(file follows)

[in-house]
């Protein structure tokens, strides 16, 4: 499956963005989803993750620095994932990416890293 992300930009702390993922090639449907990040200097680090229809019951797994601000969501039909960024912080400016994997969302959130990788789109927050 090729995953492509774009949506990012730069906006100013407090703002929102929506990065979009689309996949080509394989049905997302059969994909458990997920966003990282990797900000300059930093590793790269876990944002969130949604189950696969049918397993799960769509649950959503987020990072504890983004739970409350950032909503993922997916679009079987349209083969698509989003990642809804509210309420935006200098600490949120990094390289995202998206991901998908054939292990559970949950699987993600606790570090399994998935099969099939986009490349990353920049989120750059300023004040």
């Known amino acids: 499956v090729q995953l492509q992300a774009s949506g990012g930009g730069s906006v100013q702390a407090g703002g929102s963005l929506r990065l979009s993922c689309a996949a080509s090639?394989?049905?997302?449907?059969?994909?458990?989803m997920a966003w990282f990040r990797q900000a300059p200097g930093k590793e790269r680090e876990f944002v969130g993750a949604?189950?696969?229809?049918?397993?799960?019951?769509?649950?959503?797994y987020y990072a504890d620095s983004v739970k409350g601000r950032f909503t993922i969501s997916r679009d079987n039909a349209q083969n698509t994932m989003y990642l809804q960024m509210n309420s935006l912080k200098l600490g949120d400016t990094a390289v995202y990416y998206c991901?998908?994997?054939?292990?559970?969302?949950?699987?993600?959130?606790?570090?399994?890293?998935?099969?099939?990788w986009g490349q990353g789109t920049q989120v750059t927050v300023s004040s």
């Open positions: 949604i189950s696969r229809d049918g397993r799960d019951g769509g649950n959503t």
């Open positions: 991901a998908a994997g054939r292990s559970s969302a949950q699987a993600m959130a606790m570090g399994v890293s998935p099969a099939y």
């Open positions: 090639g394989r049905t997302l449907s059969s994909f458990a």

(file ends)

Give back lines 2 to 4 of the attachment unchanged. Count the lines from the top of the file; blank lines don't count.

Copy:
């Protein structure tokens, strides 16, 4: 499956963005989803993750620095994932990416890293 992300930009702390993922090639449907990040200097680090229809019951797994601000969501039909960024912080400016994997969302959130990788789109927050 090729995953492509774009949506990012730069906006100013407090703002929102929506990065979009689309996949080509394989049905997302059969994909458990997920966003990282990797900000300059930093590793790269876990944002969130949604189950696969049918397993799960769509649950959503987020990072504890983004739970409350950032909503993922997916679009079987349209083969698509989003990642809804509210309420935006200098600490949120990094390289995202998206991901998908054939292990559970949950699987993600606790570090399994998935099969099939986009490349990353920049989120750059300023004040």
């Known amino acids: 499956v090729q995953l492509q992300a774009s949506g990012g930009g730069s906006v100013q702390a407090g703002g929102s963005l929506r990065l979009s993922c689309a996949a080509s090639?394989?049905?997302?449907?059969?994909?458990?989803m997920a966003w990282f990040r990797q900000a300059p200097g930093k590793e790269r680090e876990f944002v969130g993750a949604?189950?696969?229809?049918?397993?799960?019951?769509?649950?959503?797994y987020y990072a504890d620095s983004v739970k409350g601000r950032f909503t993922i969501s997916r679009d079987n039909a349209q083969n698509t994932m989003y990642l809804q960024m509210n309420s935006l912080k200098l600490g949120d400016t990094a390289v995202y990416y998206c991901?998908?994997?054939?292990?559970?969302?949950?699987?993600?959130?606790?570090?399994?890293?998935?099969?099939?990788w986009g490349q990353g789109t920049q989120v750059t927050v300023s004040s």
């Open positions: 949604i189950s696969r229809d049918g397993r799960d019951g769509g649950n959503t």